In the yearly cycle of the earth, summer is the time to enjoy the things that were grown in the spring. We have had an exhausting three years since the pandemic started in 2020 and I think everyone deserves some peace this summer, especially teenagers. I am seeing that teenagers are over-stimulated by all of their school, social, and family obligations and they need the next two and a half months to rest and calm their nervous systems. Students worked hard during the spring semester and there is no need for students to use this summer to get ahead by taking another class or getting an internship to build a resume for college. Instead, this summer should be used for rejuvenation and connecting with others.
Teenagers need more sleep and summer is the best time for teens to catch up on sleep and get back to a natural sleep cycle. I encourage parents to “sleep train” their teens this summer, much like they did when their children were babies and toddlers. Of course, this is easier said than done, but teenagers still need guidance from their parents when it comes to building habits that will benefit their health, and summer is a great time to put a sleep routine in place. Encourage teens to turn off electronics by 9:00 or 10:00PM and keep their tech devices out of the bedroom. It can take up to an hour to become desensitized from blue light screens, so reading a book or watching a low intensity show is much better for trying to fall asleep than scrolling through social media on a phone. My suggestion is to set a summer bedtime of 11:00PM for teens, and of course, if something fun comes up, go with the flow if a teenager is up later, but striving for a full 10 hours of sleep should be the summer goal. If possible, set any start times for appointments, or obligations for 10:00AM or later.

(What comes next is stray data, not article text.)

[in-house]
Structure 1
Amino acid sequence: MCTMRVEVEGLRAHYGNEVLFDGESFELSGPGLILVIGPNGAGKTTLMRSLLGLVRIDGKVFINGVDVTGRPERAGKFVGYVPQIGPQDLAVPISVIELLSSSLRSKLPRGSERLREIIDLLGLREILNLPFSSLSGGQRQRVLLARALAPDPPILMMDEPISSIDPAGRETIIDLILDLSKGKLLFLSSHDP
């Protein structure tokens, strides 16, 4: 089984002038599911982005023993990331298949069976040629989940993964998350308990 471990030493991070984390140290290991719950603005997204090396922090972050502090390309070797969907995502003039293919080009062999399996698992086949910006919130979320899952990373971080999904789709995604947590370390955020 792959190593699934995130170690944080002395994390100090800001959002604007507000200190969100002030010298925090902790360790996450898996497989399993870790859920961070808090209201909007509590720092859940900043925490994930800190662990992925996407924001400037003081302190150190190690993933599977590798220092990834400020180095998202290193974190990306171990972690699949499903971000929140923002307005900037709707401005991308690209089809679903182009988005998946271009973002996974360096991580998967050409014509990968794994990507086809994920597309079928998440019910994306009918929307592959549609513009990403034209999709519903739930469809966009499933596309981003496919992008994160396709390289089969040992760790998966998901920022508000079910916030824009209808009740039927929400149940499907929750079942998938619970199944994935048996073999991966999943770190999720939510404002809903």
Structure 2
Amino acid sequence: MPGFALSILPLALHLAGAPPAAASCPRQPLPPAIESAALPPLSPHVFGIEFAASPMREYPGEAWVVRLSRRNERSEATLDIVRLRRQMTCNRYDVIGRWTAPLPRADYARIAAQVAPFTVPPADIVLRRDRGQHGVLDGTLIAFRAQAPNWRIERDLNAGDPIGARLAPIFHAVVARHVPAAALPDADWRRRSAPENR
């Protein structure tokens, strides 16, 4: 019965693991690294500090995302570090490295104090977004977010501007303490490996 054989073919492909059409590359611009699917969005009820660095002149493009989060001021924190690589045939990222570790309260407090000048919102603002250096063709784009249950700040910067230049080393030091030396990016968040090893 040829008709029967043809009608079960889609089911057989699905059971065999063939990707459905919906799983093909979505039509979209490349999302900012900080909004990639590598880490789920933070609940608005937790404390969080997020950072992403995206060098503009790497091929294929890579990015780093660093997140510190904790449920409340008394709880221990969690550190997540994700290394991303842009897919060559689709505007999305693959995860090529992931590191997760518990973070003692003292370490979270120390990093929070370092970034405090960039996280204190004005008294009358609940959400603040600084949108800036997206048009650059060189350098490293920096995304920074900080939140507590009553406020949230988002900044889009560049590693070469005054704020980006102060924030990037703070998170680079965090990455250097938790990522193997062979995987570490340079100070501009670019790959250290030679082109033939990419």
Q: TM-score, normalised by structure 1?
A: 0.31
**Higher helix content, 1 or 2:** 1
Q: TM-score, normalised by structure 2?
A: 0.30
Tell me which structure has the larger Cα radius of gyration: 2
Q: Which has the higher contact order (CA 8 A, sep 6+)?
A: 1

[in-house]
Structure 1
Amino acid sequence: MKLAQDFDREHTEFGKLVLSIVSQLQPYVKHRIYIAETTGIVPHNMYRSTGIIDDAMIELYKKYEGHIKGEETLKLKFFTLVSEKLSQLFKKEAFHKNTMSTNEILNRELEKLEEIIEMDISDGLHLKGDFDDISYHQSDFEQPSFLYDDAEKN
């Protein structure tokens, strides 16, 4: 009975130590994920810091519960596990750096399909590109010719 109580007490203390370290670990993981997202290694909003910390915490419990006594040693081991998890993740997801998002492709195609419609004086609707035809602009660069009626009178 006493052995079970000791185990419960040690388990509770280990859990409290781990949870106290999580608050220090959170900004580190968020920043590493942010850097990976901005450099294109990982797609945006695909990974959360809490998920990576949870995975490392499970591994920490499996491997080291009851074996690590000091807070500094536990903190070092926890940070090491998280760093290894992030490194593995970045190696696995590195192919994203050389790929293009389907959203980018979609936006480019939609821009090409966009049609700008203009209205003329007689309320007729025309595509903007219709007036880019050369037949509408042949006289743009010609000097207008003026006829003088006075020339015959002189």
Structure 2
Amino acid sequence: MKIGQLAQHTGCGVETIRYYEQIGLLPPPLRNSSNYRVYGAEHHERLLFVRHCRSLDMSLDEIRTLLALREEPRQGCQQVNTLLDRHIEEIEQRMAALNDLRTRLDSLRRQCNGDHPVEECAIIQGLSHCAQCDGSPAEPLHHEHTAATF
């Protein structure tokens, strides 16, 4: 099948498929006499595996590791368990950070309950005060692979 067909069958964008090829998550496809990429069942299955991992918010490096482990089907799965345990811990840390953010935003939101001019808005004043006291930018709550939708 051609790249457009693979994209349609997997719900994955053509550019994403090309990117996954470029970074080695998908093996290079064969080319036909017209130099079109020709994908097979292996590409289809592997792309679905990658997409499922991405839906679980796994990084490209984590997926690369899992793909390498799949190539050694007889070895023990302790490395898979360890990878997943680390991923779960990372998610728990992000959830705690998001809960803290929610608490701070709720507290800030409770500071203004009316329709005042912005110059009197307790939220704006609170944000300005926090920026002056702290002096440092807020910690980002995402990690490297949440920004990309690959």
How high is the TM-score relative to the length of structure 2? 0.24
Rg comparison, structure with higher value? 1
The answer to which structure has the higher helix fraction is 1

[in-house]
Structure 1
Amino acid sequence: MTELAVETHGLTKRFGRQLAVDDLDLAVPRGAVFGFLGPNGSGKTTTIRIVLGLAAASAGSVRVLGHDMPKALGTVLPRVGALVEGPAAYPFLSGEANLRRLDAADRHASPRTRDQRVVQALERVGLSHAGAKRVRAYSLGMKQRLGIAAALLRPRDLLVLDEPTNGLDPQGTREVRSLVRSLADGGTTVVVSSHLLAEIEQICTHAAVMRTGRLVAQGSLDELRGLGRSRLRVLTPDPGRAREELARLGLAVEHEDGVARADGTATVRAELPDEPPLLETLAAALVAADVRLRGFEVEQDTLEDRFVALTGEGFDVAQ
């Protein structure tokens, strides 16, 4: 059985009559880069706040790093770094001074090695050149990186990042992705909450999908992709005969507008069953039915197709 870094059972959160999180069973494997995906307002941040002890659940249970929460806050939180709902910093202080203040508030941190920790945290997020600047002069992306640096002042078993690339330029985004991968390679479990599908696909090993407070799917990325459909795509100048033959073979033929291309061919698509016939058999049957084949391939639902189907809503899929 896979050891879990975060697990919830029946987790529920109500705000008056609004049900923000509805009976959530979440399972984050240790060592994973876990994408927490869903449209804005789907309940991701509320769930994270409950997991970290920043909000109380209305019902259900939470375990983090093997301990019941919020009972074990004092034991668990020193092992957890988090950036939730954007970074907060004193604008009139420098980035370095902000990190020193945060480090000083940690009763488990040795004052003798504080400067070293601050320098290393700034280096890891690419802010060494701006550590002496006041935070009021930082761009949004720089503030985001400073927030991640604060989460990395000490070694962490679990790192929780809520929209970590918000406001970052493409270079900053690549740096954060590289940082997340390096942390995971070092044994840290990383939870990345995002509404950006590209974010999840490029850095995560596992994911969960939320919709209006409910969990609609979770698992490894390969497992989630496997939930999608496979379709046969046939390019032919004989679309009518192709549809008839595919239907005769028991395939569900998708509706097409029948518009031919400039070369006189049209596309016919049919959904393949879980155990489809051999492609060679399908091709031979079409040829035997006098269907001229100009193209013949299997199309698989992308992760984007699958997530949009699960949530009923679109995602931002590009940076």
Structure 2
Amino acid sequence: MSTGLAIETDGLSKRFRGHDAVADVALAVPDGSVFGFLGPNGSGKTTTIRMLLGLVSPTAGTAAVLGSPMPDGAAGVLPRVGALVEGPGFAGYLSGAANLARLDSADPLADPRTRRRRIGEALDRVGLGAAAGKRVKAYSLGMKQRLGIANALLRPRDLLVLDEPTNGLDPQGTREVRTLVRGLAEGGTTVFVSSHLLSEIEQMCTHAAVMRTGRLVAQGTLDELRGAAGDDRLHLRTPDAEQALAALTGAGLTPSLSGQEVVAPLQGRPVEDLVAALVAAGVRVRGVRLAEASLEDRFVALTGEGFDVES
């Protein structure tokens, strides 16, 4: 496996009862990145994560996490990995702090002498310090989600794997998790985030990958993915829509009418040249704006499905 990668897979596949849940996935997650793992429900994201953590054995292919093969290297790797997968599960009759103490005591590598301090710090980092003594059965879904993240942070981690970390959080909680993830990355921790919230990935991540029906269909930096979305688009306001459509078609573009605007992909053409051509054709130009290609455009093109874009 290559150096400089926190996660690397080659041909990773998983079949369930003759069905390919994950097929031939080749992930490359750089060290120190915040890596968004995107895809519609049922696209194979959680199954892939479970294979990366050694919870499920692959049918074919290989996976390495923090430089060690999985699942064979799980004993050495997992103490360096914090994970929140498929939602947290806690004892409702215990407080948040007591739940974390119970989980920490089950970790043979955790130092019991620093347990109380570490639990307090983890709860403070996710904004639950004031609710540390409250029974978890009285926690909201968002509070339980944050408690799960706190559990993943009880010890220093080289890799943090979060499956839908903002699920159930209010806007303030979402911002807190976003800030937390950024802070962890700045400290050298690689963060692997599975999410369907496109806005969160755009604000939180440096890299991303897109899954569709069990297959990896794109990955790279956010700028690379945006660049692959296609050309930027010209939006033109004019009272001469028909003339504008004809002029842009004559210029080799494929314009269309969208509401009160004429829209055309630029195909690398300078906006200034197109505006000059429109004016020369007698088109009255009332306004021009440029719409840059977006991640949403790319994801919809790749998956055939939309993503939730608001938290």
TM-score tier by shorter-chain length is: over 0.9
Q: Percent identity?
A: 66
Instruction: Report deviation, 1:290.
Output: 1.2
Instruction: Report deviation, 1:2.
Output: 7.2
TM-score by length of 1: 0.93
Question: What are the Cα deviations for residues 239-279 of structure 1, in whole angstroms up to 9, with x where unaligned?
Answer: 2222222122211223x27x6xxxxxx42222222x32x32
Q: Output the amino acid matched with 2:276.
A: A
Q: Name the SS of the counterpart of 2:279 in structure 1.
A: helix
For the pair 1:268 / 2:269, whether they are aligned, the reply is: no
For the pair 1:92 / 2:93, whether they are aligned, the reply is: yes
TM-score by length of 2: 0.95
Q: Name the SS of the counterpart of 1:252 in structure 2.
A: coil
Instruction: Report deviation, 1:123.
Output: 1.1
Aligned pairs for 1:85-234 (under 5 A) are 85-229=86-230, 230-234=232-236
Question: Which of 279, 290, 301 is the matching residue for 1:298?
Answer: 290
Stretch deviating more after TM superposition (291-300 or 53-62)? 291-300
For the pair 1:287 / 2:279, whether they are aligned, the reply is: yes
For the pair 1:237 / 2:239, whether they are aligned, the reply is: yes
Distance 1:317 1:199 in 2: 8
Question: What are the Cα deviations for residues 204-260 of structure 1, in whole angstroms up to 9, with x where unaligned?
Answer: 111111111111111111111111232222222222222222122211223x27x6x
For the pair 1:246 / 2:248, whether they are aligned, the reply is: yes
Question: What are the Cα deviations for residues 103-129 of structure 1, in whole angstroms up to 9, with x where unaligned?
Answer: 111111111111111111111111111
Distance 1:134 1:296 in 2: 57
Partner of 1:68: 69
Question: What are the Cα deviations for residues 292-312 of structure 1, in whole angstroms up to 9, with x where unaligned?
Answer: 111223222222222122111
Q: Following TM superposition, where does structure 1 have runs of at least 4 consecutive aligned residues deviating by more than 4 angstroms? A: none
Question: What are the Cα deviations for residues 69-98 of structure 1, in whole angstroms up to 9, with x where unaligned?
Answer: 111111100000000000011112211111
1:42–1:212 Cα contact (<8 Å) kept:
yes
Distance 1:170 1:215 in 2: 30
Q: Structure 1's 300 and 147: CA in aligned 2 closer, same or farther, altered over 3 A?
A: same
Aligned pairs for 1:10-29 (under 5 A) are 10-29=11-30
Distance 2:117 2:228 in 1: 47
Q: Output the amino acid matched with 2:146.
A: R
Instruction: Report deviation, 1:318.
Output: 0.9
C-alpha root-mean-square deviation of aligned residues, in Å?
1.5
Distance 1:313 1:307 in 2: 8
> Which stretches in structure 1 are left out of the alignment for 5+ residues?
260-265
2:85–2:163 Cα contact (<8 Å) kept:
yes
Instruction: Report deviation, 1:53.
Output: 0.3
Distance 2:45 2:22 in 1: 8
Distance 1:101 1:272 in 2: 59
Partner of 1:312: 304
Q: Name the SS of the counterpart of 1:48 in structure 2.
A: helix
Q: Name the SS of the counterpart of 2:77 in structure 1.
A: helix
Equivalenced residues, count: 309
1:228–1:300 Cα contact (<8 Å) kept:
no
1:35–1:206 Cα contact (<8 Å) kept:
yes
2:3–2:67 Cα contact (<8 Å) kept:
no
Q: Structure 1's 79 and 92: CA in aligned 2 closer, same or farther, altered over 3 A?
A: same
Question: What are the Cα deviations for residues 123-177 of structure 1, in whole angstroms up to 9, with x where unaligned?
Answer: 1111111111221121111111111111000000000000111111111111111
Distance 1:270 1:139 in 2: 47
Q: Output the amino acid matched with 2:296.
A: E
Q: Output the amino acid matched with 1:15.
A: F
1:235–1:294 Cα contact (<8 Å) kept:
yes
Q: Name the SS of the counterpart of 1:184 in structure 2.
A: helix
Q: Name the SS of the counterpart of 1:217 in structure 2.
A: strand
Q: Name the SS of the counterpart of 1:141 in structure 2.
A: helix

Buy-in from the teen is going to be important when putting a sleep schedule in place, and I have found that if you present the research, and the teenager understands their brain and the importance of rest for their development, this will help. Two great resources for this are Generation Sleepless, Chapter 6, by Heather Turgeon and Julie Wright and The Teenage Brain, Chapter 5, by Frances Jensen and Amy Ellis Nutt.
This summer let’s also encourage teens to connect with themselves and others. We know that this age group is feeling more isolated than ever, and with freer schedules in the summer, this is the time of year to encourage getting off screens and building relationships. Teens can go inward and connect with themselves in many different ways and they can use the summer to find what works best for them. Some people prefer to practice mindful meditation, others like to journal, or draw and do art. Movement in the forms of yoga, or going for a long run to think are both forms of kinesthetic reflection. Anything that is quiet and introspective is great to calm minds and learn about themselves.
As teenagers try to figure out who they are outside of their families, friends and social connections are critically important to their development. Going to a summer camp to learn something new or deepen an interest is a fun way to meet new people. Encouraging teens to take on a part time job is also a great leadership opportunity and can help build comradery among colleagues of all ages.
I also hope that families can spend time together and see relatives they have not seen in a few years. It is important for teens to find time to connect with grandparents, aunts, uncles, and cousins to develop an appreciation for where they come from.
This summer I am encouraging everyone to jump off the hamster wheel of productivity to rest, and make connections. Teens need the downtime in the summer to balance out the busy school year. Together we can model for teens how to take a break from being over scheduled to reset, and build inward and outward relationships. Let’s aim to stabilize our nervous systems over the summer so when summer turns to fall, teens can be fully ready to learn and grow in a new school year.
Happy summer, everyone! May it be restful, connected, and beautiful.